When kids look at one of Randy Hofman’s sand sculptures, they want to know: “How did he make it?”
Randy says all he needs is a shovel, a plastic knife, a big, wet pile of sand . . . and time.
Each of Randy’s sculptures reflects hours of hard work. Now that Randy has turned 60, he gets help in making the huge piles of sand. Different church groups or kids helping at a local ministry in Ocean City, Maryland, often show up to dig the massive hills.
After the moist sand is packed down, Randy grabs a plastic knife, climbs to the top and goes to work.
“You begin at the top and work down,” Randy says. “You clean up as you go. There’s more cleanup work than construction.”
Once he starts an image, he rarely stops. Maybe Randy takes a bathroom break or eats dinner, but he’ll often begin at 10 in the morning and not go home until 4 a.m. the following day.
“I don’t know where the strength comes from,” Randy says. “The Lord helps me.”
Randy’s art causes people to stop and look, but his ministry doesn’t end there. Sometimes he stands near his sculpture and answers questions or shares about its meaning. Other times a church group will put on a skit or play worship music. Almost all the time he leaves tracts in a plastic jug that explain what it means to live for Jesus Christ. Over the years, Randy has given away over 1 million tracts.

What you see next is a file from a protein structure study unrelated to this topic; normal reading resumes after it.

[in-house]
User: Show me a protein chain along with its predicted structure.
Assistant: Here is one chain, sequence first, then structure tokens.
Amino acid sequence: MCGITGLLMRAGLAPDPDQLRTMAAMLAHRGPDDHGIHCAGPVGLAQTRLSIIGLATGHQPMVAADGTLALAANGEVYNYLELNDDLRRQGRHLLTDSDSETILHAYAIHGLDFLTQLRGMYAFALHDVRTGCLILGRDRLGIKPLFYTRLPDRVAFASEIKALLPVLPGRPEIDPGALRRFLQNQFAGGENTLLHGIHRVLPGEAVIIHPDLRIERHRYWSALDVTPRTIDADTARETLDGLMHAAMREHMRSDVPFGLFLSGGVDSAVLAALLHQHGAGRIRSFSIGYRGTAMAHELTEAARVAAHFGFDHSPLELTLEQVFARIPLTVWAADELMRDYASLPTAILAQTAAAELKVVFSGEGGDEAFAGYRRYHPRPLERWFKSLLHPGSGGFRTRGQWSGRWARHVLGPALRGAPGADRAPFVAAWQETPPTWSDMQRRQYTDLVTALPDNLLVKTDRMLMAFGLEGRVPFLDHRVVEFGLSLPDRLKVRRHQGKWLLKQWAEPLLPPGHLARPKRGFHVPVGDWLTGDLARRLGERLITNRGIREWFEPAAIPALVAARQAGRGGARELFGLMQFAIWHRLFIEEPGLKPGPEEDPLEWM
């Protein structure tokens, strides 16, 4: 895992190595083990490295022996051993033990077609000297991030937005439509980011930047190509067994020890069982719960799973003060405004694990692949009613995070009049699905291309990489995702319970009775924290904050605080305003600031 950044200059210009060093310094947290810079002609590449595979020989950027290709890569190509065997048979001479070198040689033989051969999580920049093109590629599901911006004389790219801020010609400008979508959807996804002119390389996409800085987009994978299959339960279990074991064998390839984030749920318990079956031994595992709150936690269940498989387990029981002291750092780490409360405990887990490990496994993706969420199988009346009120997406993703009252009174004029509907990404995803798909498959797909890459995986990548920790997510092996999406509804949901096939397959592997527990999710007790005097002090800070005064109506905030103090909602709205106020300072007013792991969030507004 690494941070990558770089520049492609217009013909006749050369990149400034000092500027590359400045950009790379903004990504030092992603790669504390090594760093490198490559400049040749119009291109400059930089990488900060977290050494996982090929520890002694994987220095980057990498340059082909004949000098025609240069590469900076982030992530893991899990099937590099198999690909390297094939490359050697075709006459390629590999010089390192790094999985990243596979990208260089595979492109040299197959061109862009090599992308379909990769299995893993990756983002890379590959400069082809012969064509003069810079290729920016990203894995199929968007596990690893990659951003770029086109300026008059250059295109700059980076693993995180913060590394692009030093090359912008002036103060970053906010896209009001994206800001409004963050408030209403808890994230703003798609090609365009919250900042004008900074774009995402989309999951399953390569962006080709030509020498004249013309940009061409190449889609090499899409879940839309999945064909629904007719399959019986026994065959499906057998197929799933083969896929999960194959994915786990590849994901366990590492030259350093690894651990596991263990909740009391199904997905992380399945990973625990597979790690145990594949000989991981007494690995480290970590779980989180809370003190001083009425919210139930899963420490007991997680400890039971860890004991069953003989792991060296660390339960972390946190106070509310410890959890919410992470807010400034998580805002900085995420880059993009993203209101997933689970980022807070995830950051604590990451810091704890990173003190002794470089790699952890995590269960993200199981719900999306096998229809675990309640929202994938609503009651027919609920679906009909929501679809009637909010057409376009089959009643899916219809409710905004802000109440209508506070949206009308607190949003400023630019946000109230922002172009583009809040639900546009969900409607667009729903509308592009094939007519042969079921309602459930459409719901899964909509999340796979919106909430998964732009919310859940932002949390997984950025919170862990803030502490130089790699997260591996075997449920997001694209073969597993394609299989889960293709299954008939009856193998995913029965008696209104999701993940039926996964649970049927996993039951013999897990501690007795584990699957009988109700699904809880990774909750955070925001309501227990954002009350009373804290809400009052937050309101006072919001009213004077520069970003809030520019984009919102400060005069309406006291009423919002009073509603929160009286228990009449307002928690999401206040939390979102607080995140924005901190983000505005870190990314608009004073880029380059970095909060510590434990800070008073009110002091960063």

People often ask Randy when he’s going to quit making his amazing creations. He doesn’t have plans to stop and hopes to find an apprentice who can take over for him.
That’s how Randy got started. In 1974, he moved from New York City to Ocean City to pursue his dream of being an oil painter. As he walked down the boardwalk, he ran into Marc Altamar creating Christian images in the sand.
“The Bible themes were endearing to me,” Randy says. “I’d do my oil painting in the day and come help Marc in the evening. I was his apprentice.”
Marc moved to Florida in 1981, but Randy has kept up Marc’s legacy of telling people about Jesus in the sand.
To see more of Randy's sand sculptures, check out his website.
Copyright © 2012 by Focus on the Family. Photo © Randy Hofman; used by permission.